An international team of researchers has shown that a new small-molecule drug known as anle138b can restore brain function and memory in pre-clinical models of Alzheimer's disease. The drug works by stopping toxic ion flow in the brain that is known to trigger nerve cell death. Scientists envisage that this drug could also be used to treat Parkinson's (PD).

"This is the first drug molecule that can regulate memory loss by directly blocking ions from leaking through nerve cell membranes," said Ratnesh Lal, a professor of bioengineering at the University of California San Diego and co-senior author of the study. Various studies have linked Alzheimer's disease to the accumulation of two particular proteins in the brain called amyloid-beta and tau. One theory is that these protein clusters create pores in nerve cell membranes that allow ions to travel in and out uncontrollably. This would alter ion levels inside the cells and in turn trigger neuronal dysfunction and cell death.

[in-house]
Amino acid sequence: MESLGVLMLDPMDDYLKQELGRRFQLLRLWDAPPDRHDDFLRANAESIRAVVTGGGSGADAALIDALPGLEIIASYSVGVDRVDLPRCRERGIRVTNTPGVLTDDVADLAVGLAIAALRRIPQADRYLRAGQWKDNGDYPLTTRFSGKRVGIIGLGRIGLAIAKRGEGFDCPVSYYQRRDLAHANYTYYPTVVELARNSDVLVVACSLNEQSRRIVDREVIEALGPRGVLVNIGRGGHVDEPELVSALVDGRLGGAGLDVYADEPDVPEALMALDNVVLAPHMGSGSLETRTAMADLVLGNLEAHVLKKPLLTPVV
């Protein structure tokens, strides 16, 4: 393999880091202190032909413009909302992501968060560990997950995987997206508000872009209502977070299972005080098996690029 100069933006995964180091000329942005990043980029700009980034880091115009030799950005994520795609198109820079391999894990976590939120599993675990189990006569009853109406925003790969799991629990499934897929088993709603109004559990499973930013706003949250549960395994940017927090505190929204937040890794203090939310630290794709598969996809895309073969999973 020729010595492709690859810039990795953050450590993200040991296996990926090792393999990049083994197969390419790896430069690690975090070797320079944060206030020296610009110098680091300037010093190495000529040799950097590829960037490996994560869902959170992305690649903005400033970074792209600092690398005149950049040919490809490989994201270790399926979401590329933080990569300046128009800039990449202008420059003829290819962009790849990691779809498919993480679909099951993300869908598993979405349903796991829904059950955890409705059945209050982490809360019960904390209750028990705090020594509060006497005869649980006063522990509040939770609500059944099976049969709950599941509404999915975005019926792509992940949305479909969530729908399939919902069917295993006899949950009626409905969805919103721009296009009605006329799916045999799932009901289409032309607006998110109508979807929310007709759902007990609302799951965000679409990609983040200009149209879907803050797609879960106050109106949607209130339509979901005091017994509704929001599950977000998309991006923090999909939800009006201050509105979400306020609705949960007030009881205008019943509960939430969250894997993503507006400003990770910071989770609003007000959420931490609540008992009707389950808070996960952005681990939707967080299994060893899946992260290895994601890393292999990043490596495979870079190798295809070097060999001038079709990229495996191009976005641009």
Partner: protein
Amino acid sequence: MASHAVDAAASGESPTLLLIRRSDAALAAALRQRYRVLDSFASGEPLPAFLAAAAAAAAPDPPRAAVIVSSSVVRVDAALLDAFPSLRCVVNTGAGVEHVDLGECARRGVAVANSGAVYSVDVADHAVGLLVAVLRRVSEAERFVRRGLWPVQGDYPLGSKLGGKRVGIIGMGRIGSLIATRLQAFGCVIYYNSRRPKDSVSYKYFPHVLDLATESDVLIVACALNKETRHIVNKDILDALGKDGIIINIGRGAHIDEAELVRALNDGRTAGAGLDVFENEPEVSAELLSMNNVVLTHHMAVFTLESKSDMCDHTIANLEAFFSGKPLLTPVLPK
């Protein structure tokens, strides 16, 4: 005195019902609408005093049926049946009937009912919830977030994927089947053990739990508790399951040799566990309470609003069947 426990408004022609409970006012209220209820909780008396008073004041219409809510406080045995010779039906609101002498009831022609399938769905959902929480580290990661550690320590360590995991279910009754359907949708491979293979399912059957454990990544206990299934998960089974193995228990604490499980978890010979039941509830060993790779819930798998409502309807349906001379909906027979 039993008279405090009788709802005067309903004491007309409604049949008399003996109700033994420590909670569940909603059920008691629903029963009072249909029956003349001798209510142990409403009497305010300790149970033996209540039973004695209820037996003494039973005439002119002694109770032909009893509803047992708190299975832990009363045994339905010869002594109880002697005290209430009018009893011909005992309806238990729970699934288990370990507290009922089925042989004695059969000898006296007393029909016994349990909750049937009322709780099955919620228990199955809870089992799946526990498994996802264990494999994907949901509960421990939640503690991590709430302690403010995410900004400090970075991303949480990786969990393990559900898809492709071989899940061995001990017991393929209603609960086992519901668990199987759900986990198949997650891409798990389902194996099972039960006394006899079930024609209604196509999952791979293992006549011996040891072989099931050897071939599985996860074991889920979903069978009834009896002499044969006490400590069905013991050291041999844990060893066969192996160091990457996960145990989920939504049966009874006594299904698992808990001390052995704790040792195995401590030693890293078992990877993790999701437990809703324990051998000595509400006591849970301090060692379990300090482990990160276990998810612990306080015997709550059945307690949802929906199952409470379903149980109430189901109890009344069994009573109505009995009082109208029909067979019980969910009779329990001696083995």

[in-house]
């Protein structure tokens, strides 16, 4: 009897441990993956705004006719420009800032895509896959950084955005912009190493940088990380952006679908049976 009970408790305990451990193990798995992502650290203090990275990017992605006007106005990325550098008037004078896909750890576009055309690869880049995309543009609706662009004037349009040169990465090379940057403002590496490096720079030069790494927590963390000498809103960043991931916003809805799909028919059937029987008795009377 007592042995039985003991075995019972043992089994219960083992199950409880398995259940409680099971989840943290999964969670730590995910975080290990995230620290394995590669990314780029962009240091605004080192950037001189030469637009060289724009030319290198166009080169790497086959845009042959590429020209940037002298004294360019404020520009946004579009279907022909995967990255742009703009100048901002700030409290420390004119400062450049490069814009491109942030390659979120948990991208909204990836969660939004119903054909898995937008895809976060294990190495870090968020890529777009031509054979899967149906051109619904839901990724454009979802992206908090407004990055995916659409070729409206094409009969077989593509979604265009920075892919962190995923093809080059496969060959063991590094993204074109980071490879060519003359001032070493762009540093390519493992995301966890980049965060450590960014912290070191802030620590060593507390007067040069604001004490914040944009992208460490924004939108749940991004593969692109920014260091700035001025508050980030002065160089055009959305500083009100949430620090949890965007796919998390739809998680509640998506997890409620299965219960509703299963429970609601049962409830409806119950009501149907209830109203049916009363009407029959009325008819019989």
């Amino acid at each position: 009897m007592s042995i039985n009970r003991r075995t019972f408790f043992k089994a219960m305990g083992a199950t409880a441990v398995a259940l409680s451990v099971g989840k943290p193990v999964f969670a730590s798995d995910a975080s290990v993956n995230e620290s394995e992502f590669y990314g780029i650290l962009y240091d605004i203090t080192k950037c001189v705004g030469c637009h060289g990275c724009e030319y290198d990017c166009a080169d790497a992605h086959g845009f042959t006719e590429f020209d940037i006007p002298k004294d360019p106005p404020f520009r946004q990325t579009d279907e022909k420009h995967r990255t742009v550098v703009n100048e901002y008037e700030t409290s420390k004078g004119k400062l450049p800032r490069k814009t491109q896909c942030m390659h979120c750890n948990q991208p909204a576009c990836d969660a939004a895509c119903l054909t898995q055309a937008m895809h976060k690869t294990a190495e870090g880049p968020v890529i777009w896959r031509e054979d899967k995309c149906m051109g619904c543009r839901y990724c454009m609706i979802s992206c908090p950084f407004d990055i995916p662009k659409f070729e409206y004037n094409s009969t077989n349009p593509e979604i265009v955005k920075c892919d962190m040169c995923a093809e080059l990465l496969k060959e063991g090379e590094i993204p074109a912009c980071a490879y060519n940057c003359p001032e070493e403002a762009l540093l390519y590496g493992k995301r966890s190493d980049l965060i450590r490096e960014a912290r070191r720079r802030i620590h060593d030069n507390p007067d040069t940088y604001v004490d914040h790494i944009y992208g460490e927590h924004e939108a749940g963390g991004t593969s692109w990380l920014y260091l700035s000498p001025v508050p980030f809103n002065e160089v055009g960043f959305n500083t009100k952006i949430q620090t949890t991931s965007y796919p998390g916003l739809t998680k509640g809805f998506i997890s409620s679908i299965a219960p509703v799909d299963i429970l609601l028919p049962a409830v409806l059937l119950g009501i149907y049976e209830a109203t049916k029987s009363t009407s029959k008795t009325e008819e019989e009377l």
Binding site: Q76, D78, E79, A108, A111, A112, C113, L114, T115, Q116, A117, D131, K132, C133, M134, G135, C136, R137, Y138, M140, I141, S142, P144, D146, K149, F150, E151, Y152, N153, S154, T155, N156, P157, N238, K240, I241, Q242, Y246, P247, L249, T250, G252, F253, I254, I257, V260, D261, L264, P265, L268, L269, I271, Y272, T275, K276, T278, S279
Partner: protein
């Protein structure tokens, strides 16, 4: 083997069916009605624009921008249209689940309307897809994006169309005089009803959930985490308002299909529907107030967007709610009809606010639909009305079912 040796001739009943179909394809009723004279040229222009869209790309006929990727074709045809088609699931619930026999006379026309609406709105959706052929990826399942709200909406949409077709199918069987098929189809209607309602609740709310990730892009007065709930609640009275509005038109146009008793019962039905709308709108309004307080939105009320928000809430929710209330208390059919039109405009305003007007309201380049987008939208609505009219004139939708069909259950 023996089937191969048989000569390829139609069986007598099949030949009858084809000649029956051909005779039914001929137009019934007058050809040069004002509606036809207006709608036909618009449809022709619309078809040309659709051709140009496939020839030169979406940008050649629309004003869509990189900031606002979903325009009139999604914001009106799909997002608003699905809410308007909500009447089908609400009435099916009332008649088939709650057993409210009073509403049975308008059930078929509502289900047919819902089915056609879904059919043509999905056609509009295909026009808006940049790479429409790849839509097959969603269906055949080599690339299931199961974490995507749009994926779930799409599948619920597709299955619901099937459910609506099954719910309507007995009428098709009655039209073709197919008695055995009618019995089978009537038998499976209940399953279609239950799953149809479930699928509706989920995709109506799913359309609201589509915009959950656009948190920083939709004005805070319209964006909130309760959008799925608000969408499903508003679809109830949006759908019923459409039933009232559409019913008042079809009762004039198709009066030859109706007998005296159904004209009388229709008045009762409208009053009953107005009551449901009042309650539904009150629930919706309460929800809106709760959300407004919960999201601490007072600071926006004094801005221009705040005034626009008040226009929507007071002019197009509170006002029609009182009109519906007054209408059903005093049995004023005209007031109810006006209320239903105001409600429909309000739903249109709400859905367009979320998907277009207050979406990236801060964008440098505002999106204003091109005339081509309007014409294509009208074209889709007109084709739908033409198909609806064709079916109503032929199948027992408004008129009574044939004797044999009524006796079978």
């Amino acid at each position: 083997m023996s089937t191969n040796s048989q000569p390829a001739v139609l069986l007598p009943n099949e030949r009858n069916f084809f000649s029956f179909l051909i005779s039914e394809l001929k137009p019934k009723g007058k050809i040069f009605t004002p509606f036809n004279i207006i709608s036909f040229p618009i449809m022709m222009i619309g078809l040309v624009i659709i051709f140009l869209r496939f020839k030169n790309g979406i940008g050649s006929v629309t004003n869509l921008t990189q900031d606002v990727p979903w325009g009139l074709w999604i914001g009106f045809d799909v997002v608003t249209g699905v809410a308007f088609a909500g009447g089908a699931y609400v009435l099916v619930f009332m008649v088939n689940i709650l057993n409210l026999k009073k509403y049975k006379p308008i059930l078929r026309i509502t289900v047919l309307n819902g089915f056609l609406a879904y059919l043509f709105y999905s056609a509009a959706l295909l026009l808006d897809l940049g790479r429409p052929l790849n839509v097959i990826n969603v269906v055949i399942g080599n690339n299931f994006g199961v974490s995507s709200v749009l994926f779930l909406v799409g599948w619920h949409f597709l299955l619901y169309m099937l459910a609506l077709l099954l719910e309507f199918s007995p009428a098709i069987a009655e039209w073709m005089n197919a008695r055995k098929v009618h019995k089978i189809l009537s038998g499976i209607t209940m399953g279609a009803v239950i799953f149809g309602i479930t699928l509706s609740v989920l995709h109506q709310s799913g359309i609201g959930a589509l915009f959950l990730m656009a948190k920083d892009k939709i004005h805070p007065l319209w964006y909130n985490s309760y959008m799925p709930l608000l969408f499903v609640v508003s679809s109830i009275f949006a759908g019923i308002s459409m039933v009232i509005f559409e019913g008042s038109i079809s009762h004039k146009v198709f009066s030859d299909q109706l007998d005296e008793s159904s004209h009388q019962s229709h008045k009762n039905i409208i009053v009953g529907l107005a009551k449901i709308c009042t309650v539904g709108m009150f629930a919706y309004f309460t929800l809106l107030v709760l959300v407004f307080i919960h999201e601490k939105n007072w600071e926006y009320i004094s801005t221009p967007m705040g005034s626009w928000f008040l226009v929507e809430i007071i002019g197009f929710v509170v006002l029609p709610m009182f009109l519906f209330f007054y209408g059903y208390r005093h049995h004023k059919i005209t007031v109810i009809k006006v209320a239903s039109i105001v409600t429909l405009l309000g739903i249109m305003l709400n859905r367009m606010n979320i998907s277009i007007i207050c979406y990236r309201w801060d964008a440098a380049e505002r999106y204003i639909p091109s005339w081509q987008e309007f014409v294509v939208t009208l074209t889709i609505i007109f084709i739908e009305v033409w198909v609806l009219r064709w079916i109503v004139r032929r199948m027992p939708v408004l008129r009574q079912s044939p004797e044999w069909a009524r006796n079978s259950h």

The new drug, a small molecule called anle138b, blocks these pores from moving ions in and out of nerve cells. Anle138b attaches to both amyloid-beta and tau protein clusters and deactivates the pores created by these clusters.

The Cure Parkinson's Trust(CPT) has been supporting anle138b through pre-clinical research and regards this paper as 'good news' for PD. CPT are introducing it to the Linked Clinical Trials committee as a future therapeutic with 'considerable promise' for PD.

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